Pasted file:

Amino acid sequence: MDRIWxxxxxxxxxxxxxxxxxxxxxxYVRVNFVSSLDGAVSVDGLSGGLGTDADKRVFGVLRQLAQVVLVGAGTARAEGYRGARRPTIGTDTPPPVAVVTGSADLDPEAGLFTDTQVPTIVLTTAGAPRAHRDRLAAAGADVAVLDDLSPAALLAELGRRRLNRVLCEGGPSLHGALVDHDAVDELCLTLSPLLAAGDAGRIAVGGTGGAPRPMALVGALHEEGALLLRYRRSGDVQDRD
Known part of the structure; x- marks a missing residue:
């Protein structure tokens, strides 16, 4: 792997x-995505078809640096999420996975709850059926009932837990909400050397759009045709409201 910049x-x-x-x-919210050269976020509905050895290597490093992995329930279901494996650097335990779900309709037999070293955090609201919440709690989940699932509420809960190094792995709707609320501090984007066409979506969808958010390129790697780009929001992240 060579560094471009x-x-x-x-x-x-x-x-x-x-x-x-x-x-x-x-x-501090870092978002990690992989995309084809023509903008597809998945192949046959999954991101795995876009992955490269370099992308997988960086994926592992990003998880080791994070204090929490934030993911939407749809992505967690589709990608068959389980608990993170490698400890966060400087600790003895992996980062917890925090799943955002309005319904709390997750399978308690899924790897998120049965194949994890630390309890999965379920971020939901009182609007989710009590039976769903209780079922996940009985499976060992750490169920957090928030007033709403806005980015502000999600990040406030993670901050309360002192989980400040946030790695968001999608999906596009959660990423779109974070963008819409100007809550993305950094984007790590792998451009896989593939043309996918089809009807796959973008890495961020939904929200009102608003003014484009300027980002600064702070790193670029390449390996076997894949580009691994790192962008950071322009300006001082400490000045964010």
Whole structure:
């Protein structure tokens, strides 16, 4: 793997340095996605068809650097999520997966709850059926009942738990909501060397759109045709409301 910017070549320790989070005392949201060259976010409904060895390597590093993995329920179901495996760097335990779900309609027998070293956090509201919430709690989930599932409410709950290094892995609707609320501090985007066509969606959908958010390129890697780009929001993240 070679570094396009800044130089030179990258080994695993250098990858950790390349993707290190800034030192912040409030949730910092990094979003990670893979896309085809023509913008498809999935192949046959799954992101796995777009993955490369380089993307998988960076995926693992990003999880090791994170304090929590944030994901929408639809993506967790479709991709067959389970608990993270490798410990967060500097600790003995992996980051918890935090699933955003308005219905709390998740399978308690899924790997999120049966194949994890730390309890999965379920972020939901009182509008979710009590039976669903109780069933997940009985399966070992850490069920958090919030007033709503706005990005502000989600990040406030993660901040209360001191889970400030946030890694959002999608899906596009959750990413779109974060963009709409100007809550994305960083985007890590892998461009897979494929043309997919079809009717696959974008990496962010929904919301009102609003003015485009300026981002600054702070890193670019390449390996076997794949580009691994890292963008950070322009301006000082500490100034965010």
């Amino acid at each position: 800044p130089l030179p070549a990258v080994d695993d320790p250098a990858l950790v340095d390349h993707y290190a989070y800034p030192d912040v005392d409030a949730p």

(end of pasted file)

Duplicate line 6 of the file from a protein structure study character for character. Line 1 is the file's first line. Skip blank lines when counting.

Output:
């Amino acid at each position: 800044p130089l030179p070549a990258v080994d695993d320790p250098a990858l950790v340095d390349h993707y290190a989070y800034p030192d912040v005392d409030a949730p």